A forest is an area of land dominated by trees.[1] Hundreds of definitions of forest are used throughout the world, incorporating factors such as tree density, tree height, land use, legal standing, and ecological function.[2][3][4] The United Nations’ Food and Agriculture Organization (FAO) defines a forest as, “Land spanning more than 0.5 hectares with trees higher than 5 meters and a canopy cover of more than 10 percent, or trees able to reach these thresholds in situ. It does not include land that is predominantly under agricultural or urban use.”[5] Using this definition, Global Forest Resources Assessment 2020 (FRA 2020) found that forests covered 4.06 billion hectares (10.0 billion acres; 40.6 million square kilometres; 15.7 million square miles), or approximately 31 percent of the world’s land area in 2020. As of 2010, about 9.7 billion people lived in forests globally; they make up roughly half of the terrestrial human population.[6][7][8]

Forests are the dominant terrestrial ecosystem of Earth, and are distributed around the globe.[9][10][11] Forests account for 75% of the gross primary production of the Earth’s biosphere, and contain 80% of the Earth’s plant biomass.[12] The total area of all forests is just over 730 million km2 (280 million square miles), or just over 41% of the land area on Earth. Tropical forests are typically tropical moist broadleaf forests. There also are tropical forests, tropicaldry broadleaf forests, Mediterranean forests, and subtropical coniferous forests. Temperate broadleaf forests are temperate broadleaf forest,[13] which are coniferous forested biomes of the Holarctic kingdom (disputed), within which grow deciduous trees (trees that lose their leaves in winter). Central Europe is dominated by the broadleaf forest of the Vienna forest variety (Pinus beccarii; 10 to 15 m high), while Russia has large areas of boreal mixed deciduous-broadleaf forests. Southern Asia has montane mixed coniferous and deciduous forests.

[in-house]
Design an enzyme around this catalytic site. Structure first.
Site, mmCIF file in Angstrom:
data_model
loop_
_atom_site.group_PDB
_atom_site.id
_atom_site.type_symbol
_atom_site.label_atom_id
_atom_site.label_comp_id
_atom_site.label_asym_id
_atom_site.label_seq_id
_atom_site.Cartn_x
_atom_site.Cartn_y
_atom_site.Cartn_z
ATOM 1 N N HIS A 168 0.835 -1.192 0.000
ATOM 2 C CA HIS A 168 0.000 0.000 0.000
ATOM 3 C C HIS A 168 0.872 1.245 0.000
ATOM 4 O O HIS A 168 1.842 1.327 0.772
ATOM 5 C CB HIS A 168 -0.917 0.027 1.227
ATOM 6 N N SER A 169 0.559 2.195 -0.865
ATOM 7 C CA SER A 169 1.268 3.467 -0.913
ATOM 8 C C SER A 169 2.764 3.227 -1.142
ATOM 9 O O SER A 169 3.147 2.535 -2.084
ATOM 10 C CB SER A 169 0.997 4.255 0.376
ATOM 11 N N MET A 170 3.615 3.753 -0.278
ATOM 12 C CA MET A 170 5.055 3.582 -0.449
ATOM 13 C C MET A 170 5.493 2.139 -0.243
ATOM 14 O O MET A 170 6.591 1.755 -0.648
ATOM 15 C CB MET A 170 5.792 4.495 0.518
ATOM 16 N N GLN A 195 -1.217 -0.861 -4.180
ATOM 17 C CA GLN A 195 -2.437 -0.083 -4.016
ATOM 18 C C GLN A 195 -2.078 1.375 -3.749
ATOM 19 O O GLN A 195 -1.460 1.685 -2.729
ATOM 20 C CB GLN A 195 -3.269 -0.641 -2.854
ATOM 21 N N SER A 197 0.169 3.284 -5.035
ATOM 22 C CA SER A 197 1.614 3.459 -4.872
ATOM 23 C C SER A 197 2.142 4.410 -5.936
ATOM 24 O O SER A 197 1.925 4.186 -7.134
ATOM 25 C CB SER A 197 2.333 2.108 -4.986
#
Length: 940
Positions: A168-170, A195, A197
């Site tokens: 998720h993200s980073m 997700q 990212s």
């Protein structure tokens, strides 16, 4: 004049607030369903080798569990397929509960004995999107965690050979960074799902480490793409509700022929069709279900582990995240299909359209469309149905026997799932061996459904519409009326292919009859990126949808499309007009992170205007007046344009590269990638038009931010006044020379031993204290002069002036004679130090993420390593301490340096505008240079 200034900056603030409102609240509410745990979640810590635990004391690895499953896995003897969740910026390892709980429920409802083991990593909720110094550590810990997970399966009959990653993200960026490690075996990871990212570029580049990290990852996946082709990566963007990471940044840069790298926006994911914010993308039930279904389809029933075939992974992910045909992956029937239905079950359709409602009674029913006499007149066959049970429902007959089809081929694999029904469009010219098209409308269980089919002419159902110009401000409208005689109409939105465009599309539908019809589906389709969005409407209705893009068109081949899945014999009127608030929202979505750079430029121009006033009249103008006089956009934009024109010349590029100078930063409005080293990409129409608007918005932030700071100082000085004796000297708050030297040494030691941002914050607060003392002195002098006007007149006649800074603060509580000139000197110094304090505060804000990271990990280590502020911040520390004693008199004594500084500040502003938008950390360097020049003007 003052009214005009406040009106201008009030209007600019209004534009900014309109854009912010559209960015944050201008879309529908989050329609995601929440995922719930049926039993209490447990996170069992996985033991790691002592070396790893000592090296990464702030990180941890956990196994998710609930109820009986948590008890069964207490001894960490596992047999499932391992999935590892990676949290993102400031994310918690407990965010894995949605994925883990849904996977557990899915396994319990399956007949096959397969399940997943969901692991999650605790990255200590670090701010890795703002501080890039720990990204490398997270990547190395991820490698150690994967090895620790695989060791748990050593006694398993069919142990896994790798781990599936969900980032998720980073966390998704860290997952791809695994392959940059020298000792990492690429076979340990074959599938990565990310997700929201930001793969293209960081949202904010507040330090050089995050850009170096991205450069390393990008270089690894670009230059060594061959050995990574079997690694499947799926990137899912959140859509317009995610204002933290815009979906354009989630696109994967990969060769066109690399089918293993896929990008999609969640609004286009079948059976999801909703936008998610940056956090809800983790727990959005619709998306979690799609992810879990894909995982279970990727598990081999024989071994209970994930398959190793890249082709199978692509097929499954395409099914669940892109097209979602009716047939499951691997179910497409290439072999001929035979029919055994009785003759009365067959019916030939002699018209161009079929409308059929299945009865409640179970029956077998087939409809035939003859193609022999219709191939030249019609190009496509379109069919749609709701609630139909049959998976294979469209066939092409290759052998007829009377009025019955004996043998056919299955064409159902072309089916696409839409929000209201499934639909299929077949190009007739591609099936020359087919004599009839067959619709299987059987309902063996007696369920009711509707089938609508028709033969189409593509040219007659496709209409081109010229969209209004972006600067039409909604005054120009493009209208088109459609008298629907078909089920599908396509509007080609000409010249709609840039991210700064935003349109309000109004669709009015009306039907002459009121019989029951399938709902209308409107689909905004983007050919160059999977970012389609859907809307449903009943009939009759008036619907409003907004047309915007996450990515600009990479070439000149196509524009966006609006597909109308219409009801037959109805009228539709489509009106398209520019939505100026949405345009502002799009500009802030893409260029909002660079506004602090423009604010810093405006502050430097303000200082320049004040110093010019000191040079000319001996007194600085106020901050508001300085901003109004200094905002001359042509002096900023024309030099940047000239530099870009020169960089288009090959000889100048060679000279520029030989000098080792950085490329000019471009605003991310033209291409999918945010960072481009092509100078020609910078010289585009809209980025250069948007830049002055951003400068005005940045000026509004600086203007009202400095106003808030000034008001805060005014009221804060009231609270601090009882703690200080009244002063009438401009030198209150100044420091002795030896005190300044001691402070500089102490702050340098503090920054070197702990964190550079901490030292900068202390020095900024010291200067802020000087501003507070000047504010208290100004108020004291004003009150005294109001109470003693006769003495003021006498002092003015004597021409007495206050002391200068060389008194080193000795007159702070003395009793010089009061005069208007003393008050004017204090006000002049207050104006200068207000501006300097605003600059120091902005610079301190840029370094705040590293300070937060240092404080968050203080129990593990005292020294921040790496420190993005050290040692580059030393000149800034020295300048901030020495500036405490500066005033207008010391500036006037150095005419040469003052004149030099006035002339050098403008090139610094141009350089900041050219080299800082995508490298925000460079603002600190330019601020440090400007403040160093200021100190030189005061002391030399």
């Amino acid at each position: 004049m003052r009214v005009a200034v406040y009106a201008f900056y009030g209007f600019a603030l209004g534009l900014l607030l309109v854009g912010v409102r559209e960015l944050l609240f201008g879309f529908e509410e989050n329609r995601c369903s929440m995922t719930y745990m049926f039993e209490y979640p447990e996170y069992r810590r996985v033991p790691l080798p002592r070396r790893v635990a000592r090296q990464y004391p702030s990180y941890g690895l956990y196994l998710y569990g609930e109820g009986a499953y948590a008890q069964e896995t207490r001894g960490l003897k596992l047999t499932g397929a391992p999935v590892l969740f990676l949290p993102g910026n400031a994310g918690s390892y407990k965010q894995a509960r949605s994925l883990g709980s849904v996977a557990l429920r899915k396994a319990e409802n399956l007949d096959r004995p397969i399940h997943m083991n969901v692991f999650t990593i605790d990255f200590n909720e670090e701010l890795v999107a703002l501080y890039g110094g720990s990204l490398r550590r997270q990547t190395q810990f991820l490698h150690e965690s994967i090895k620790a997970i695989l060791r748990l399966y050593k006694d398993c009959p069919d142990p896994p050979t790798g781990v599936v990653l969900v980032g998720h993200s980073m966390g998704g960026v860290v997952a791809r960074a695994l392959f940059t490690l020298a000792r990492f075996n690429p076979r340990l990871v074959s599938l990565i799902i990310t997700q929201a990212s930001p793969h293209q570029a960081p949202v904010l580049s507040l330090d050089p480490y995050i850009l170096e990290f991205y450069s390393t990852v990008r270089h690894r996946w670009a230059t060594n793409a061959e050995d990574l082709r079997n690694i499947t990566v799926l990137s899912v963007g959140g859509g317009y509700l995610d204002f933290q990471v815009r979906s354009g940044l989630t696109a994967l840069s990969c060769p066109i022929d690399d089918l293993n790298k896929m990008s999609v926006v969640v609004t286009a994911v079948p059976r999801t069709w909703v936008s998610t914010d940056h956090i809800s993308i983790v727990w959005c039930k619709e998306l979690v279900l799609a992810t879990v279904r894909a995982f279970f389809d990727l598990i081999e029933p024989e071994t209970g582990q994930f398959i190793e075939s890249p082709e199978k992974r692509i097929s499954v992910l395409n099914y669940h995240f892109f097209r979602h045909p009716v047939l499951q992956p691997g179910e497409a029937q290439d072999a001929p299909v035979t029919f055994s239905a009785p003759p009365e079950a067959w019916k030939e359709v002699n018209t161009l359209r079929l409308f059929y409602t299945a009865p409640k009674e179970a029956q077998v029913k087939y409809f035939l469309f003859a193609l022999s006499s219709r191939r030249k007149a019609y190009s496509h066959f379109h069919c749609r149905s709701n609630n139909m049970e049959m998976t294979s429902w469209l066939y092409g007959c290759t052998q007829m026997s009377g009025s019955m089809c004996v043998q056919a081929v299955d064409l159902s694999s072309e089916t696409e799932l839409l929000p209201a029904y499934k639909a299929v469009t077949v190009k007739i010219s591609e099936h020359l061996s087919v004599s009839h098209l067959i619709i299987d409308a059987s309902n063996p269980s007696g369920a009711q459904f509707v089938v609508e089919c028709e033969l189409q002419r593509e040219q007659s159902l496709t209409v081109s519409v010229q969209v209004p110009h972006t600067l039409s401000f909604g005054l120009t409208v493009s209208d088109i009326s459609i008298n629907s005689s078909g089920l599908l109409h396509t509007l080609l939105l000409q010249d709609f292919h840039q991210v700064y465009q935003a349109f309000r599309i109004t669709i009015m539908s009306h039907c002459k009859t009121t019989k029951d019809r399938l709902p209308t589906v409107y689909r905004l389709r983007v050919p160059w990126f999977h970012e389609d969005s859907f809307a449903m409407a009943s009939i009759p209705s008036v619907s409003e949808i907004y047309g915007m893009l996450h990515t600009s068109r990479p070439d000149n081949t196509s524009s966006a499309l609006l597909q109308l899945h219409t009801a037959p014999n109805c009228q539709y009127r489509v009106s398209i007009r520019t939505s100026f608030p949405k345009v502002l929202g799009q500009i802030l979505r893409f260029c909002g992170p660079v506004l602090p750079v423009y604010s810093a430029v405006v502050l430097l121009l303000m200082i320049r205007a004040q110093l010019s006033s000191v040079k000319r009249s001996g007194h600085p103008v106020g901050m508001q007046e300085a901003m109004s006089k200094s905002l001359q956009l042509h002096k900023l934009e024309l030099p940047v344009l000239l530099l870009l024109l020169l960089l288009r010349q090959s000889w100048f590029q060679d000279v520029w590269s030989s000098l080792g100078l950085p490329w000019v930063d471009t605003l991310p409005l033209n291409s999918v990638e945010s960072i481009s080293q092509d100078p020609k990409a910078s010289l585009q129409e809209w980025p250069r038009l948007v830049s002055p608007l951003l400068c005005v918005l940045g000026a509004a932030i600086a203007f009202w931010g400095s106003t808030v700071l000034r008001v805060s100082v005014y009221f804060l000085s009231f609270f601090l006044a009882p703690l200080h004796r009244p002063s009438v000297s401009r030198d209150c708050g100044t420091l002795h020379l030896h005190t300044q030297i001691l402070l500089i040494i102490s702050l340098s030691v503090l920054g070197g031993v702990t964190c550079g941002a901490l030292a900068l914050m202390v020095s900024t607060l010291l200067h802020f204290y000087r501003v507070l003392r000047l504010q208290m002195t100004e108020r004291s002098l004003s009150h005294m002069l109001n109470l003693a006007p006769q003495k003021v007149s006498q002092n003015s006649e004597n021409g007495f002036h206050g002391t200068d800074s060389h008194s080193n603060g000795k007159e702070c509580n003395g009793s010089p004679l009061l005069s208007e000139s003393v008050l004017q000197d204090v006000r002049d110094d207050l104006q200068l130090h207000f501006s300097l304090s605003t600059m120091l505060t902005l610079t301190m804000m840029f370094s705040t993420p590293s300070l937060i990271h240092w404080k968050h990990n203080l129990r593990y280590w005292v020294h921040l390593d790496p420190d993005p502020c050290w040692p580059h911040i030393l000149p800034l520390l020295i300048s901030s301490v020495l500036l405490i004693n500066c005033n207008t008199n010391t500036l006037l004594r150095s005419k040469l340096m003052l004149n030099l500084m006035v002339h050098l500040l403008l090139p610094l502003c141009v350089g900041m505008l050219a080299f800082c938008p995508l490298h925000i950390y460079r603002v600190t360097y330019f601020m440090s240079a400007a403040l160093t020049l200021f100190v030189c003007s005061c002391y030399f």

Tropical forests cover much of the globe, with 12% of the world’s land area covered by tropical forest.[14] Tropical forests have been called the “world’s largest pharmacy”, because over one quarter of natural medicines have been discovered within them.[15] Over 90% of potential pharmaceutical compounds inside plants from the Amazon rainforest have yet to be studied,[16] and likely also exist in Indonesia’s rainforests, Sumatra and New Guinea, and Madagascar. A single tree species, Magnolia grandiflora, has been reported to contain antioxidants for all branches of biomedical research.

The majority of forests worldwide are managed by resource management, e.g., afforestation, reforestation, re-growth, and planting on degraded land. These resources are used for food production, materials and energy creation. Forests may be harvested for bioproducts including wood fiber and the oils extracted from seeds and other parts of plants. Forests can also support a small number of commercially valuable plant species that have been introduced by humans as well as a large number of non-targeted species. The products from these resources are used to make consumer items like paper, houses, furniture, clothing, perfume and cosmetics. Typically, the removal of trees for forestry is followed by the growth of a replacement crop (e.g., trees grown for wood are often subsequently grown for paper pulp).

Non-commercial values may be very important for forest conservation. These include spiritual values (e.g., sacred groves), ecological values (e.g., protecting watersheds), recreational values (hunting and fishing), esthetic values (e.g., providing scenery or just enjoyment of an outing in nature) etc.[citation needed]